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Covalent linkage of bacterial voltage-gated sodium channels



Bacterial sodium channels are important models for understanding ion permeation and selectivity. However, their homotetrameric structure limits their use as models for understanding the more complex eukaryotic voltage-gated sodium channels (which have a pseudo-heterotetrameric structure formed from an oligomer composed of four domains). To bridge this gap we attempted to synthesise oligomers made from four covalently linked bacterial sodium channel monomers and thus resembling their eukaryotic counterparts.


Western blot analyses revealed NaChBac oligomers to be inherently unstable whereas intact expression of NavMs oligomers was possible. Immunodectection using confocal microscopy and electrophysiological characterisation of NavMs tetramers confirmed plasma membrane localisation and equivalent functionality with wild type NavMs channels when expressed in human embryonic kidney cells.


This study has generated new tools for the investigation of eukaryotic channels. The successful covalent linkage of four bacterial Nav channel monomers should permit the introduction of radial asymmetry into the structure of bacterial Nav channels and enable the known structures of these channels to be used to gain unique insights into structure-function relationships of their eukaryotic counterparts.


Voltage-gated sodium channels (Navs) play fundamental roles in eukaryotes, including electrical signaling, secretion and synaptic transmission. These roles are highlighted in a wide range of diseases (e.g. periodic paralysis, arrhythmia, and epilepsy) which result from the malfunction of mammalian Navs. Eukaryotic Navs are large multi-subunit complexes [1]. The pore-forming subunit is composed of approximately 2000 amino acid residues organized into four domains, each domain comprising six transmembrane spanning (TMS) segments containing a voltage sensor (TMS S4) and a pore forming region (between TMS S5 and S6). Resolving the atomic structure of these proteins is essential for providing a molecular framework to enable elucidation of their function and disease mechanisms. However, their exceptional size and complexity has proved to be a major challenge. Consequently, there is only one report of resolving atomic-level (3.8 Å) structure for eukaryotic Navs [2] and with the caveat of the resolved channel lacking electrophysiological characterization. This current situation represents a significant gap in our understanding of the structure/function relationships of Navs.

The discovery of bacterial Navs has been important in addressing our lack of structural insight into eukaryotic Navs. Bacterial Navs are simplified homologues of eukaryotic Navs; their sequences are analogous to one domain (i.e. six TMS segments with a voltage sensor and a pore forming region) of a eukaryotic Nav and they form functional channels from homotetrameric assembly [3,4,5,6,7,8]. Their minimalist structure has enabled their atomic-level structures to be resolved, which together with their electrophysiological characterization and atomic simulations based on the resolved structures, have been pivotal in gaining detailed understanding of ion permeation and gating for Navs [9, 10].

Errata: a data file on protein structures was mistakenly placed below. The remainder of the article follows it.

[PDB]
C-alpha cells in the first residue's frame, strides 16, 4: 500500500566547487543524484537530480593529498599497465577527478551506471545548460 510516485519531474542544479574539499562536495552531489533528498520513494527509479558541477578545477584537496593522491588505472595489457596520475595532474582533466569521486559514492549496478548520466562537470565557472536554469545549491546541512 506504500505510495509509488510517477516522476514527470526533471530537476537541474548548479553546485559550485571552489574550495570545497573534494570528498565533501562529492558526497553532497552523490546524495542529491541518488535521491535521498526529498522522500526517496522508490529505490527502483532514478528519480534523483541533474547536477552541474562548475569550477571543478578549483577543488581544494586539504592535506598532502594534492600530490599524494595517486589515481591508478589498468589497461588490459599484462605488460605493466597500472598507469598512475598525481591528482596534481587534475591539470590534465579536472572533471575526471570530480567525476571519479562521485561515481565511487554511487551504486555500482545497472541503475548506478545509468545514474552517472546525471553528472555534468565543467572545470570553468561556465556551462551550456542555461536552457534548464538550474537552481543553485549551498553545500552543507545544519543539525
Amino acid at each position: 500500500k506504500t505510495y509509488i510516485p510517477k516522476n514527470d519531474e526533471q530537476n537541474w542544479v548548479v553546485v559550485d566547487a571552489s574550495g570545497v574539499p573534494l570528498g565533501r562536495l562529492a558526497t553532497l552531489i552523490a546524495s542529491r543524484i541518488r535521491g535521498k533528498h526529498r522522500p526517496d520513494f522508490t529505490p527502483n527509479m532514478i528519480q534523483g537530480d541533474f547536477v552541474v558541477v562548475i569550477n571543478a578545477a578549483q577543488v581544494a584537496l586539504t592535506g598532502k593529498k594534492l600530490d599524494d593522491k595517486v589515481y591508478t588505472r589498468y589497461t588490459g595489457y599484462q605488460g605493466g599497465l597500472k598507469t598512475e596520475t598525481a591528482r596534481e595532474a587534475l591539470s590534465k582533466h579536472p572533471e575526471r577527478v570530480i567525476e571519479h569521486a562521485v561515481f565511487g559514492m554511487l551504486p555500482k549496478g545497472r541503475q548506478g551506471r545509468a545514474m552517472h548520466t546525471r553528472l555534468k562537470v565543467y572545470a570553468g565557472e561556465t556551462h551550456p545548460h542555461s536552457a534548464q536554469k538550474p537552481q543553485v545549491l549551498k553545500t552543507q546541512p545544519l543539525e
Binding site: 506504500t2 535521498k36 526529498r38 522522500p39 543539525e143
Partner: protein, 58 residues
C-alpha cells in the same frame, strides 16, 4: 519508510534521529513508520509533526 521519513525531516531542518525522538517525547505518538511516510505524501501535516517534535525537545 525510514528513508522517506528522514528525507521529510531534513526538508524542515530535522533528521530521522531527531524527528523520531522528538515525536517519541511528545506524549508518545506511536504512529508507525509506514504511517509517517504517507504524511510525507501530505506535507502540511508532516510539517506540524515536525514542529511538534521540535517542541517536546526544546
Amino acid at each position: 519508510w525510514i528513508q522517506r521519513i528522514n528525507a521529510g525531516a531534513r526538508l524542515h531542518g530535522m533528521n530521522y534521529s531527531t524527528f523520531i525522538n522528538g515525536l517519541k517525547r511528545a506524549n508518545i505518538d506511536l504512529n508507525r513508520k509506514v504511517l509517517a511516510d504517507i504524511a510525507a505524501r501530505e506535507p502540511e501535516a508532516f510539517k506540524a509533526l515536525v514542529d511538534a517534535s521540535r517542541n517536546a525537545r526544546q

However, there are several limitations of these bacterial models for the understanding eucaryotic Nav channels. Foremost is that (unlike eukaryotic Nav channels) bacterial channels display radial symmetry (a consequence of their homotetrameric structure). Consequently, the bacterial counterparts cannot be used to investigate experimentally the distinct role of the four individual domains of eukaryotic Nav channels and as homotetramers, it is not possible to generate asymmetry in a bacterial Nav channel. For example, Xia et al. [11] constructed a model of NavRh with the selectivity filter (SF) mutated from the radially-symmetrical glutamate ring (EEEE) to the asymmetric ring of DEKA (to mimic the SF in eukaryotic Nav channels) and through MD simulations of Na+ permeation proposed a model to explain Na+/K+ selectivity in mammalian Nav channels. Currently the predictions of the simulation study cannot be experimentally tested.

In an attempt to address this problem and to gain further insights in to the molecular mechanisms of ion permeation in eukaryotic Nav channels using their bacterial counterparts, we attempted to generate a concatenated bacterial Nav channel in which four monomer subunits are covalently linked to form a single polypeptide (and thus mirroring the structure of their eukaryotic counterparts). It was envisaged that such a structure would enable targeted mutation of individual domains of the concatemer and thus permit experimental testing of bacterial channels exhibiting asymmetry in the pore of the bacterial channels (e.g. Xia et al. study). We report intact expression of NaChBac and NavMs and NavAb concatemers but that stable expression was dependent on the expression system employed. Surprisingly, NaChBac concatemer was inherently unstable. However, NavMs concatemers could be expressed intact in mammalian cells and were amenable to electrophysiological investigation using the patch clamp technique.


Generation of expression vectors. cDNA constructs encoding NaChBac (GenBank accession number BAB05220) and NavMs (GenBank accession number WP_011712479) bacterial sodium channels were synthesized by EPOCH Life Science (